Rate equation is given by law of mass action for a chemical reaction, The sum of the exponents by which the concentration terms are raised in rate law is known as Order of Reaction.
It is an experimental quantity and can be predicted by balanced chemical equations.
Order of reaction can be O, positive, negative or can be fractional values.
Generally, Zero order, First order, Second order and Third order Reaction are of great importance.
METHOD OF DETERMINING ORDER OF REACTION
Graphical Method:
Rate Law expressions for various types of reactions,
dx/dt = k zero order
dx/dt = k[a-x] first order
dx/dt = k[a-x]2 second order
dx/dt = k[a-x]n nth order
The plot between dx/dt vs concentration is plotted and if it is a straight line passing through origin than corresponding concentration power is the order of reaction.
Initial Rate Method:
The data’s are given in term of different rates at different concentrations, thus we calculate the rate expression and then find the order of reaction.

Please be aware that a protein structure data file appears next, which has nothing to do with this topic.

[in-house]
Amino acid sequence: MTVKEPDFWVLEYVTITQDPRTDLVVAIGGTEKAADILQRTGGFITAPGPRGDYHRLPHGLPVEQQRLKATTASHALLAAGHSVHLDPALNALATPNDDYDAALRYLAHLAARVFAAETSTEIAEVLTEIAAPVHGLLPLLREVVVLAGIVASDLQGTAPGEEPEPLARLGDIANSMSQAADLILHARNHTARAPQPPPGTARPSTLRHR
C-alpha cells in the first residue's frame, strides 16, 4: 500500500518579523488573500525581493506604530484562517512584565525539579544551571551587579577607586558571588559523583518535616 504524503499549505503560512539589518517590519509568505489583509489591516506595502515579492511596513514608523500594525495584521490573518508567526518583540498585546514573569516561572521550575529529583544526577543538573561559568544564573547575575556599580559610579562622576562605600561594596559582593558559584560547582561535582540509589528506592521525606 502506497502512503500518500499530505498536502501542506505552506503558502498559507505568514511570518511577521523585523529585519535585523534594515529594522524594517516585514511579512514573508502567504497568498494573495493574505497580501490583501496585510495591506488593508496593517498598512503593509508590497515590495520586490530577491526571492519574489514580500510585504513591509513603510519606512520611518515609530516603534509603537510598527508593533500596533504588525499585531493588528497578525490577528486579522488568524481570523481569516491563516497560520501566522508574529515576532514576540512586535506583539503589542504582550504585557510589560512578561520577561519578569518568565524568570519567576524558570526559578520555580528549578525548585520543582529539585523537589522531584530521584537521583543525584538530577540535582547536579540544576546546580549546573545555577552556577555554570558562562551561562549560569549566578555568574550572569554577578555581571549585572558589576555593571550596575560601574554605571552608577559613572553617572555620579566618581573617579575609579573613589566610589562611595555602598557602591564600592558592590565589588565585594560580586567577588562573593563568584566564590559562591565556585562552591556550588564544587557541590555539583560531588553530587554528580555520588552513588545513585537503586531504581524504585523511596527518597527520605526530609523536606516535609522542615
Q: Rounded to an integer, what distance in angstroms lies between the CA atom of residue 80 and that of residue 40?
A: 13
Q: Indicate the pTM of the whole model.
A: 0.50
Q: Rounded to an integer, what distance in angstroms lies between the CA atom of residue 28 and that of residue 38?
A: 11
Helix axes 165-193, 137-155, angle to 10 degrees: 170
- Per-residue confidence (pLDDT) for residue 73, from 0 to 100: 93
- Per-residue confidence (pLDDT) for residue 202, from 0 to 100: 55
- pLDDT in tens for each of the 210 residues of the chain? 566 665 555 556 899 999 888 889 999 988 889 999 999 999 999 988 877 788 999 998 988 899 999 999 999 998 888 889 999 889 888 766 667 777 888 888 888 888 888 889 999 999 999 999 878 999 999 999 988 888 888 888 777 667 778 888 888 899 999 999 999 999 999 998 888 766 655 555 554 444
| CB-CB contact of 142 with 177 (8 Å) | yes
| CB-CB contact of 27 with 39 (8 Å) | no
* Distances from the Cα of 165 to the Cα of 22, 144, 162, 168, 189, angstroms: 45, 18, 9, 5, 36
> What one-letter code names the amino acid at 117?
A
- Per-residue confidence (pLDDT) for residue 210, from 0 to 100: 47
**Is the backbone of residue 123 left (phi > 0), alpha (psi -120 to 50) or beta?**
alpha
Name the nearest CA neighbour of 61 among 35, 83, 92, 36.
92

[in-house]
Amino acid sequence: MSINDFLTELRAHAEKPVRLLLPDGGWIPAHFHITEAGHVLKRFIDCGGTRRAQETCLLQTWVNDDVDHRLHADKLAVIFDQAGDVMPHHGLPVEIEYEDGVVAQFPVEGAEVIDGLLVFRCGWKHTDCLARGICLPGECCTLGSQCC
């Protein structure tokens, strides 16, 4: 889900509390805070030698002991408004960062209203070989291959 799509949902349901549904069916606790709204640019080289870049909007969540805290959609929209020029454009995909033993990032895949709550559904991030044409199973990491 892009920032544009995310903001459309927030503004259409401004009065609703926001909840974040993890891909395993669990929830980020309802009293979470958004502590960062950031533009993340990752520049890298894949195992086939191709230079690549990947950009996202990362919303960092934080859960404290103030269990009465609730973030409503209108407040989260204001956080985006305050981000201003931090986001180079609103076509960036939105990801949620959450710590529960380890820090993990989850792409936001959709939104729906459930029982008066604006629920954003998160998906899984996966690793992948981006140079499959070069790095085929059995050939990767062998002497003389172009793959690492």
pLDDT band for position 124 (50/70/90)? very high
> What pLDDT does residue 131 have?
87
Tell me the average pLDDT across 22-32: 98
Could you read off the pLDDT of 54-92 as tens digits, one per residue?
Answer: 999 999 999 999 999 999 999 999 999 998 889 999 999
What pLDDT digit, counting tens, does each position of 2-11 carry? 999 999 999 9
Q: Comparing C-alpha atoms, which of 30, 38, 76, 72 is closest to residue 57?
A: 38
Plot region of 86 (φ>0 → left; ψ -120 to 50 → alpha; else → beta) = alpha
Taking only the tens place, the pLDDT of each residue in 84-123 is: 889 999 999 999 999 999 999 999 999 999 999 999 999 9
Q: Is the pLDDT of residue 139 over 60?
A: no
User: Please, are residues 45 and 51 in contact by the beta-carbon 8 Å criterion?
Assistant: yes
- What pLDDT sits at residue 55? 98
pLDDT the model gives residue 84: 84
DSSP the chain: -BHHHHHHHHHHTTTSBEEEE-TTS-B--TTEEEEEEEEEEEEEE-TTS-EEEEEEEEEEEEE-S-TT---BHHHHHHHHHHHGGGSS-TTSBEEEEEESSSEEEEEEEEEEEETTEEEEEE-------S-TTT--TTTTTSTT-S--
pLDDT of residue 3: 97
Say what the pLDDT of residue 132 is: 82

Example:
Reaction A + B → Product
S.No. |
Concentration of A |
Concentration of B |
Rate |
1. 2. 3. |
x_{1} x_{2} x_{3} |
y_{1} y_{2} y_{3} |
r_{1} r_{2} r_{3} |
According to rate law
Here we have three unknown quantities k, m, n and we have three equations thus the solution is possible and k, m, n have unique value,
Thus order of reaction = m + n
By integration Methods:
According to this method the concentration of reactants at different points of time are measured and put into the rate equation of different order, the rate equation which gives constant value of k is the proposed equation of that reaction.
By Fractional Change Method:
Time required for any fractional change is related with initial concentrations of reactants as –
Vant Hoff’s Differential Method:
According to vant hoff the rate of n^{th} order reaction is proportional to n^{th} power of concentration.
Isolation Method:
In this method one reactant is taken in large excess and order is determined with respect to other the process is repeated and the actual order is the sum of the order of each isolated reaction.
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